Levels of data harvesting are rising as the global economic climate continues in a downturn.

 

According to ScanSafe's Annual Global Threat Report, there has been a 582 per cent growth in malware between like quarters in 2007 and 2008, and a 300 per cent volume ratio increase from January 2008 through to December 2008. Exploits and iframes were up 1,731 per cent in 2008, while data-theft Trojans increased 1,559 per cent.

 

It also found that the web is now a massive front for data harvesting, with cybercriminals now focusing on the ongoing targeting and harvesting of sensitive data. ScanSafe claimed that as most of the malware delivered through the web provides remote customisation and configurability, attackers are able to target specific data and to remotely manage how that data is obtained.

 

Mary Landesman, senior security researcher at ScanSafe, said: “Today's malware is all about stealing and harvesting data. Online crime has become a lucrative business and both commercial and personal data fetch a significant sum on black markets.

 

“You can conjecture all day long about the pitfalls of where the data goes, it can be used for military or hostile purposes, it really is unlimited. All I can say is that we look at the web traffic to see where it is happening.”

 

ScanSafe reported that in April 2008 it counted an excess of 780,000 malicious web pages from only five vertical interest sectors as a result of a single SQL injection attack. As a result of the continuing mass compromise of legitimate websites observed throughout 2008, the standard ‘safe surfing' advice of avoiding unknown or non-trusted websites no longer applies.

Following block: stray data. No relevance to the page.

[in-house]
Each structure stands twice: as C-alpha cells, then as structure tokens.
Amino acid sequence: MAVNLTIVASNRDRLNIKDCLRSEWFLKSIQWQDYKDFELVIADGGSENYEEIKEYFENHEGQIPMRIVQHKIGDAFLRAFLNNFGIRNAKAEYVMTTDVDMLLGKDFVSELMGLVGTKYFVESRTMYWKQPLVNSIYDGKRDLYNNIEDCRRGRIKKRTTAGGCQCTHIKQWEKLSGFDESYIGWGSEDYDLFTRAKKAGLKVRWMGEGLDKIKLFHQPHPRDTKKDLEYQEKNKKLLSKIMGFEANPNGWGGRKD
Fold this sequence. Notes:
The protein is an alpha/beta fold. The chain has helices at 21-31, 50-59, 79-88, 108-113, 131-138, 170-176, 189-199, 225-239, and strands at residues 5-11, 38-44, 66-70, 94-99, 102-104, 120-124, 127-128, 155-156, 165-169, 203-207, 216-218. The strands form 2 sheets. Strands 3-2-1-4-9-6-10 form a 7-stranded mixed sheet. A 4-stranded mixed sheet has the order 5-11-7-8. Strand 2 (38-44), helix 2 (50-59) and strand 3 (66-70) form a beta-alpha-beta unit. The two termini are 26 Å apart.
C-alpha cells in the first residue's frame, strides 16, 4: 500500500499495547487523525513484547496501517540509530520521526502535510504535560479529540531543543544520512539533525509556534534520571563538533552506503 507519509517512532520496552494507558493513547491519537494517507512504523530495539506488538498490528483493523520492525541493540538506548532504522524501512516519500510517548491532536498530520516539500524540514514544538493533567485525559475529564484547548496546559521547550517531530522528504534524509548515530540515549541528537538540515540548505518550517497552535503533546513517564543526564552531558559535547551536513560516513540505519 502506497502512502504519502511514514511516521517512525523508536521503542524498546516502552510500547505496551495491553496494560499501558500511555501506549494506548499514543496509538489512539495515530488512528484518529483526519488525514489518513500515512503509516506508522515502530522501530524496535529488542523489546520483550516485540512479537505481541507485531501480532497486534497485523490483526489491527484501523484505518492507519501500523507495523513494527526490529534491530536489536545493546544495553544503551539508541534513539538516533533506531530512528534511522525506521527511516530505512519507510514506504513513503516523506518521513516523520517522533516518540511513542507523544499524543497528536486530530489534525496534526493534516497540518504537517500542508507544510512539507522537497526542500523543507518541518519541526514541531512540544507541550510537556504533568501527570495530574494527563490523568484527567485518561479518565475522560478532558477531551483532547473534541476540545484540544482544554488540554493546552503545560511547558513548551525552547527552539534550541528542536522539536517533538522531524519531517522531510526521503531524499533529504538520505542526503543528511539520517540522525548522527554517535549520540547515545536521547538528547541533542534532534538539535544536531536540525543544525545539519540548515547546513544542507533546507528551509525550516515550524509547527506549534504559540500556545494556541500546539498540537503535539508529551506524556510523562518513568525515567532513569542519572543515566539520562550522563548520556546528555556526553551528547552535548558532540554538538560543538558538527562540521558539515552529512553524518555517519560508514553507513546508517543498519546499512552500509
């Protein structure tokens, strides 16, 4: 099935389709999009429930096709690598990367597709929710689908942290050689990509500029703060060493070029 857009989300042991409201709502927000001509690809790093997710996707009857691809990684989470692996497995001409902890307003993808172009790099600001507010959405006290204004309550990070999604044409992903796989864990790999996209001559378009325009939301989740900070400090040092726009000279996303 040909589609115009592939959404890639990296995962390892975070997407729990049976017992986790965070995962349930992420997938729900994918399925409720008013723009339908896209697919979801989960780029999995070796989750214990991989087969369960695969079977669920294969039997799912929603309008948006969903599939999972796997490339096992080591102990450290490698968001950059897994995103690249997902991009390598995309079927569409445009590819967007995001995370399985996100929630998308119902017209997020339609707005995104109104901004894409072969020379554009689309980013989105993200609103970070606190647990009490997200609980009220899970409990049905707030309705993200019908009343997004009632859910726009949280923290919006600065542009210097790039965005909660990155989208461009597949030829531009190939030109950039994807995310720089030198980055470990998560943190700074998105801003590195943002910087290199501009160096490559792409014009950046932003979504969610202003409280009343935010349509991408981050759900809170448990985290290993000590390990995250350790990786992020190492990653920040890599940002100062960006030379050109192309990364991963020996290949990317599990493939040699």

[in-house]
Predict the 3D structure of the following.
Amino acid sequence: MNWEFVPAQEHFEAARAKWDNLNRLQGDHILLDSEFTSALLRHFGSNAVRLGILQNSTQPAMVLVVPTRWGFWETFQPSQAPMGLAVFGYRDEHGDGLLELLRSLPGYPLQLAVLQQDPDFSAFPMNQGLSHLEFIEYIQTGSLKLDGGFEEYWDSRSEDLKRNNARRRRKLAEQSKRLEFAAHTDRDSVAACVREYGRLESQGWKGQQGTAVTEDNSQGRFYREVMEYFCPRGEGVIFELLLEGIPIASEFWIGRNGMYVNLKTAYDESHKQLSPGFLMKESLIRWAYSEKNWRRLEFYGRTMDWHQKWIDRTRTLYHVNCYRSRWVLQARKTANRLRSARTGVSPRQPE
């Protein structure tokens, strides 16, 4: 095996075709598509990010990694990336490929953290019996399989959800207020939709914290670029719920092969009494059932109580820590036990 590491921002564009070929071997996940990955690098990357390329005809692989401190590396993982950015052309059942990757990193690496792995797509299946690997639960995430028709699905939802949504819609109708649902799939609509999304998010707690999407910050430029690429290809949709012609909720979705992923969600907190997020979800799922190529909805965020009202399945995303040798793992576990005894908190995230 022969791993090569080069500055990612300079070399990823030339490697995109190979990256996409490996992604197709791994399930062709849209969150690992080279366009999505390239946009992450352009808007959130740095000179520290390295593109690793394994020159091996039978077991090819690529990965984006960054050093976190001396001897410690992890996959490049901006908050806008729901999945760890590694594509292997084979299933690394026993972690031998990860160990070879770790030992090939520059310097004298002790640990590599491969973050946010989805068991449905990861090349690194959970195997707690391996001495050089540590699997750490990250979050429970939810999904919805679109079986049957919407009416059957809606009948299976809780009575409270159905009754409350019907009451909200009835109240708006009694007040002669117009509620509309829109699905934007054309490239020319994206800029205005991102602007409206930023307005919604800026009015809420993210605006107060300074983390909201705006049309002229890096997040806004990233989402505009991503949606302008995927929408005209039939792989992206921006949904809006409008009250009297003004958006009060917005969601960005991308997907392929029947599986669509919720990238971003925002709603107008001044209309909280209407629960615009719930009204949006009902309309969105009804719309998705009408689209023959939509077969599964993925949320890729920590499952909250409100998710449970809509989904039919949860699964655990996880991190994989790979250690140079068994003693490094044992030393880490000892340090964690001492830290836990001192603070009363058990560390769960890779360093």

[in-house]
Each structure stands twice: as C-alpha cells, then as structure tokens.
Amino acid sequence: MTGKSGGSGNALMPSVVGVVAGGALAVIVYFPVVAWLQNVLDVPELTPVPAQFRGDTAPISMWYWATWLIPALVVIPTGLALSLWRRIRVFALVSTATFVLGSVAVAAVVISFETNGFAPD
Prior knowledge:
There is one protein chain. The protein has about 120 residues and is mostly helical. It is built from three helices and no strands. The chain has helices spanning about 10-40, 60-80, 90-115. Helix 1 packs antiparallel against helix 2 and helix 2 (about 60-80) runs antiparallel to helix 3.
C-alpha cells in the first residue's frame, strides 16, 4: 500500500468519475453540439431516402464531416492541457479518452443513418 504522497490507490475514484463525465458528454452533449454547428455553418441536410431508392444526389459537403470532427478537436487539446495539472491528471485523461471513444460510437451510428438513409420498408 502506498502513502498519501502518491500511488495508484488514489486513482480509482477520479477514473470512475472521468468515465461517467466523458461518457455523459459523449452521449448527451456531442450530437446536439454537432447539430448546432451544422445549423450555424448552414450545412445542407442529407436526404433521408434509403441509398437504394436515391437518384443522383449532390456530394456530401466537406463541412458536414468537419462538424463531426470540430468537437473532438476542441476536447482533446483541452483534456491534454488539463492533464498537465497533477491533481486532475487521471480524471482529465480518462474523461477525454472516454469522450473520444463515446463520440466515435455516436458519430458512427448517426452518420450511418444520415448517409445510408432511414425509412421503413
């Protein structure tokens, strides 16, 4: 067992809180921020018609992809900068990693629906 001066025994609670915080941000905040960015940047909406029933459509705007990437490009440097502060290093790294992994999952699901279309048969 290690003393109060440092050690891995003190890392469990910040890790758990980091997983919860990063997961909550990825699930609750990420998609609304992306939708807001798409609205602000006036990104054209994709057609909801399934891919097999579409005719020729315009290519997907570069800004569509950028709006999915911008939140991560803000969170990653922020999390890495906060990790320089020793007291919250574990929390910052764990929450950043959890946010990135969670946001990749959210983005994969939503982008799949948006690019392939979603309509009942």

Landesman said: “Today, it is the trusted sites that should be viewed as posing the greatest risk to web surfers. People should focus on what sites were compromised, anything can be hit and 2008 showed that clearly and constantly.

 

“All types of exploits and vulnerabilities have been exploited, but it has never been to this degree before because the attackers did not have the tools until the end of 2007, then they had automated tools. As they became cheaper and allowed more compromises of websites the attackers have industrialised the process. In the past they had to find a site, find vulnerability and manually compromise it.

 

“There is a high correlation of increased online crime with the decline in the global economy.  It could be that the increasing levels of job loss and uncertainty are fuelling the surge in criminal activity. It is also likely that cybercrime is proving to be a viable business opportunity in a climate where legitimate opportunities are becoming increasingly more limited.”